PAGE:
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Virtual Machine


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#1 Voidz

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Posted 22 August 2016 - 02:44 PM

Hi guys! I was planning on installing a virtual machine on my laptop for education purposes (I would be installing Linux, and learning how to use the command line interface) 

 

I was just worried that since people say Virtual Machine OS's run slower than your real OS, that my specs wouldn't be enough or I dont have enough RAM. The laptop I will be installing it on has got:

 

CPU: I3 3110M

RAM: 4GB

HDD: 1TB

 

Would the virtual machine be too slow for me to be able to reasonably use?

 

(I didnt know where to post this, I thought there would be a sub section for just virtual machine questions, but I couldnt find it, I hope this is the right place.)


Edited by hamluis, 04 February 2017 - 05:58 PM.
Moved from All Other Apps to VMs - Hamluis.


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#2 TheTripleDeuce

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Posted 22 August 2016 - 03:10 PM

if your just looking to do command line why not just make a Linux bootable usb?



#3 Voidz

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Posted 22 August 2016 - 03:29 PM

if your just looking to do command line why not just make a Linux bootable usb?

Dual booting? I didnt really think about that, but it is a good option. Thank you.



#4 TheTripleDeuce

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Posted 22 August 2016 - 04:03 PM

happy to help, its how I learned to get back into Linux :)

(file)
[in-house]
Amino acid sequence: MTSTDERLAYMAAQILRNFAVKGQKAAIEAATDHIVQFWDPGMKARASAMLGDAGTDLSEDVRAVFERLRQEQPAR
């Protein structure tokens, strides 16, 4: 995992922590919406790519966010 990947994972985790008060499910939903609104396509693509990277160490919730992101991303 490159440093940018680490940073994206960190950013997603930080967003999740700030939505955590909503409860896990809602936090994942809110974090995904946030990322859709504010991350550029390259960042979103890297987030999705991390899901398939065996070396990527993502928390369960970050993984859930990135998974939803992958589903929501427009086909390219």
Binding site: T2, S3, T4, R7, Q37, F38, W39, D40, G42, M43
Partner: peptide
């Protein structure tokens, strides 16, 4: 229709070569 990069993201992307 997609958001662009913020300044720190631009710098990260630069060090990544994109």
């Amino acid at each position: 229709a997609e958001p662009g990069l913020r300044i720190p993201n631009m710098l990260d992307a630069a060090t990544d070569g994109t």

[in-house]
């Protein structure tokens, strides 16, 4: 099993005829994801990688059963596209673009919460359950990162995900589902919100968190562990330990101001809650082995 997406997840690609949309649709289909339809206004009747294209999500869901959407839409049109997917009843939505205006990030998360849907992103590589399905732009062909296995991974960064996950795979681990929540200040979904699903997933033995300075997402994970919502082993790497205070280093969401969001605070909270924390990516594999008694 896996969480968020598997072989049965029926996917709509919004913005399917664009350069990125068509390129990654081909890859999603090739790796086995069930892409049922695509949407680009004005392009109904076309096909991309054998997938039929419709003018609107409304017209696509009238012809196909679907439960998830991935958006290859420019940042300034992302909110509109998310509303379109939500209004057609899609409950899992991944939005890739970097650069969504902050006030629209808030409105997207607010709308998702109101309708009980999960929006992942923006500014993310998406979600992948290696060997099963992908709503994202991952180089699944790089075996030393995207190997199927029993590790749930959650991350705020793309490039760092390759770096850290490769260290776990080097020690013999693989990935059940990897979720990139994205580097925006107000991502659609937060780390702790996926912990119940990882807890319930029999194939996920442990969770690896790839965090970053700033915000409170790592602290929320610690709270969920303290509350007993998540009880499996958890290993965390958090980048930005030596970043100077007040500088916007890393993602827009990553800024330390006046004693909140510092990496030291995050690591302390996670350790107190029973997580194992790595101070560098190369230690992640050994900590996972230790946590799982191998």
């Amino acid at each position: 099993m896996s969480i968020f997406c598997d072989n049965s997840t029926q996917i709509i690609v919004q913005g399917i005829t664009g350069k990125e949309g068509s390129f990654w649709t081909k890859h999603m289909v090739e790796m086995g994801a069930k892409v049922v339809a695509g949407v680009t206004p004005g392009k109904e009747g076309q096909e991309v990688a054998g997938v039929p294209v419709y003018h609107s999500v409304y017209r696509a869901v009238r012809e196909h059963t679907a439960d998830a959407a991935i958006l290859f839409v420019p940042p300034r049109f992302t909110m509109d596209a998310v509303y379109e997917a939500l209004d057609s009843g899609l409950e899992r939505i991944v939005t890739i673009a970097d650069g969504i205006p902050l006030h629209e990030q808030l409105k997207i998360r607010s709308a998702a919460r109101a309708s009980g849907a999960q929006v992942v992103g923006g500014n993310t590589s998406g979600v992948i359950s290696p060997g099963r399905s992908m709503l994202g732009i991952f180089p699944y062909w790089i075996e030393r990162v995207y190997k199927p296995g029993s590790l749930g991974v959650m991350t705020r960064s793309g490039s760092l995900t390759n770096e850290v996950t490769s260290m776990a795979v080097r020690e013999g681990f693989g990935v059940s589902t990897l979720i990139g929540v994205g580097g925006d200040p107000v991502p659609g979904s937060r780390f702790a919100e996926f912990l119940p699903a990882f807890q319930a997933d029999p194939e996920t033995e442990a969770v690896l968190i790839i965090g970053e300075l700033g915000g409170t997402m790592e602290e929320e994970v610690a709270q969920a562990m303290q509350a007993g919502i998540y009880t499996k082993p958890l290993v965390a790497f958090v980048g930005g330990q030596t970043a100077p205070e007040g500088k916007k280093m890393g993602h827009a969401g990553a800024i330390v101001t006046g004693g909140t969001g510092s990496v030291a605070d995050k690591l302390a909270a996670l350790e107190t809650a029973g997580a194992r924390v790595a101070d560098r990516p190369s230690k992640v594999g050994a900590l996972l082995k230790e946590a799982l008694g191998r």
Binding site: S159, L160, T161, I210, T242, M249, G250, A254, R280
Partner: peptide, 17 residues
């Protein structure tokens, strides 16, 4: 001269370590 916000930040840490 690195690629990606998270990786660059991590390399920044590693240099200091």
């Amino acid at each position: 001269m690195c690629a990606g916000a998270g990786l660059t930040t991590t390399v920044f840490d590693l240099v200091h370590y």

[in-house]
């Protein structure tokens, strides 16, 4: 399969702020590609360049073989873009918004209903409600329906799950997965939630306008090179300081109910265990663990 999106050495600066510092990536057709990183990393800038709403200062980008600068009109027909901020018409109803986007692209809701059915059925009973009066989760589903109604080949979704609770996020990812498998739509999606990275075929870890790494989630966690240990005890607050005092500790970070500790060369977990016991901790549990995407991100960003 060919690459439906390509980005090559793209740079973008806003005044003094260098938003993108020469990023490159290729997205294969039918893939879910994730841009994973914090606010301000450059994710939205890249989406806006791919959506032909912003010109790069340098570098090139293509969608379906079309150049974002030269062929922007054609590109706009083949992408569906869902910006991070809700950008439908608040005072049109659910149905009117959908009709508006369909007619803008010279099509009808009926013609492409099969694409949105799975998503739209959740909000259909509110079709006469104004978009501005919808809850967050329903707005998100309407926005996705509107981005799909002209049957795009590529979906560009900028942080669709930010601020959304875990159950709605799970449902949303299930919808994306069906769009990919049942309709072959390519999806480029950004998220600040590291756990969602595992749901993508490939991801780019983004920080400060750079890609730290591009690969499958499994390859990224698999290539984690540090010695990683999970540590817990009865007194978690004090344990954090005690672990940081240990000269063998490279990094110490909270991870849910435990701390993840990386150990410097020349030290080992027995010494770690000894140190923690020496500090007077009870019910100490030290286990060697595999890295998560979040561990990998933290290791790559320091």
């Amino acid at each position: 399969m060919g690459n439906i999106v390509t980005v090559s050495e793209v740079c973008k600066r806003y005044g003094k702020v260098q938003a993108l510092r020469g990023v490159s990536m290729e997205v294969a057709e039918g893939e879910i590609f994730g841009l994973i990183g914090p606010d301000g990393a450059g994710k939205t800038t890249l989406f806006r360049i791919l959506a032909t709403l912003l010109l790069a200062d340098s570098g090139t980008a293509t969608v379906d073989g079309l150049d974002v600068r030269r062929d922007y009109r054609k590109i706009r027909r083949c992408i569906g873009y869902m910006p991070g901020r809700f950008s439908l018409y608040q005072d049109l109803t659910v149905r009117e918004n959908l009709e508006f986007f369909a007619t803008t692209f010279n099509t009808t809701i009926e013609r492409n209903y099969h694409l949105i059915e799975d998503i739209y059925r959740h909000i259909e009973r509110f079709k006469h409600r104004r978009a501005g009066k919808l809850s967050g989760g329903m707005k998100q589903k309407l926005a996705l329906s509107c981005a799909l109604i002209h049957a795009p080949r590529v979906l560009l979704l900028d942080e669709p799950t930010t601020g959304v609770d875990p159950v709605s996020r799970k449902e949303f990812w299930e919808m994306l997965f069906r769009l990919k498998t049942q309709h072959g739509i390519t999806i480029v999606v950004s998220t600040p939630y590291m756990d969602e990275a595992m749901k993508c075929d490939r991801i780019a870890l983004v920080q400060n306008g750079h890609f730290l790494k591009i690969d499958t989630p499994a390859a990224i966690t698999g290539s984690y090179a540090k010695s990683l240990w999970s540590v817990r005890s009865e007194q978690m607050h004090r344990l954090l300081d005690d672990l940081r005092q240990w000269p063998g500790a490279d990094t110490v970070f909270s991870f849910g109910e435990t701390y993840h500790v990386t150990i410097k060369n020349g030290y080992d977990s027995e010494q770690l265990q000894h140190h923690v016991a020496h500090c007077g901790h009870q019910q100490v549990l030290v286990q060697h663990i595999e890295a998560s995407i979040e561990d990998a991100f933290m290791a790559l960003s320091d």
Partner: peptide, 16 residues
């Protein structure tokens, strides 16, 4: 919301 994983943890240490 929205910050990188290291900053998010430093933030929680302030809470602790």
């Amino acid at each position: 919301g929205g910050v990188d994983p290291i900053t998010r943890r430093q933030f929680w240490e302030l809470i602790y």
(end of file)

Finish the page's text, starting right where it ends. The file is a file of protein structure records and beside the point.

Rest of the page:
#5 smax013

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Posted 22 August 2016 - 05:05 PM

Hi guys! I was planning on installing a virtual machine on my laptop for education purposes (I would be installing Linux, and learning how to use the command line interface) 
 
I was just worried that since people say Virtual Machine OS's run slower than your real OS, that my specs wouldn't be enough or I dont have enough RAM. The laptop I will be installing it on has got:
 
CPU: I3 3110M
RAM: 4GB
HDD: 1TB
 
Would the virtual machine be too slow for me to be able to reasonably use?
 
(I didnt know where to post this, I thought there would be a sub section for just virtual machine questions, but I couldnt find it, I hope this is the right place.)


You likely should have no issues using a virtual machine for the purposes you describe. Most Linux variants tend to be much less resource hogs than Windows...and you said you mainly want to focus on learning the command line interface, which should be even less resource intensive.

For reference point, I run Parallels on a 1st Gen MacBook Pro with a CoreDuo (not Core2Duo) processor and 2 GB of RAM in order to run a graphical interface structural engineering analysis program in Windows XP while still running an email client, Word, Excel and browser on the Mac side. In those circumstances, it was slow as it had run out of RAM and was using virtual RAM, but when run alone, it ran fine. You will be dealing with 4 GB of RAM (with the possible potential of expanding if your computer supports it). You definitely should have no problem if only running the VM, but even with a few other minor programs running you should have no problem. And keep in mind that VM programs now do much better with graphical programs (i.e. lose much less performance in a VM than what used to be the case...still not 100% the same as running natively).

End result is that I doubt you will have any problem. RAM will be your most likely area of constraint, but 4 GB is pretty good. If you can bump it up to 8 GB, then you really should have no problem.

And if you do, then you can always either run Linux natively in a dual boot or consider a liveCD version.

#6 Guest_hollowface_*

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Posted 11 September 2016 - 01:24 AM

Your CPU has virtualization support so yes you can run a VM on it. I would suggest staying away from distros that use Gnome, KDE, or Unity as their desktop environment as those will run the least smoothly in a VM.

 

Personally I like Lubuntu, which is an official Ubuntu derivative. It uses LXDE for the desktop environment, which is very lightweight, so it runs nicely in a VM. Alternatively there is also an LXDE release of Debian. If you don't need a GUI at all, consider Ubuntu Server.


Edited by hollowface, 11 September 2016 - 01:26 AM.





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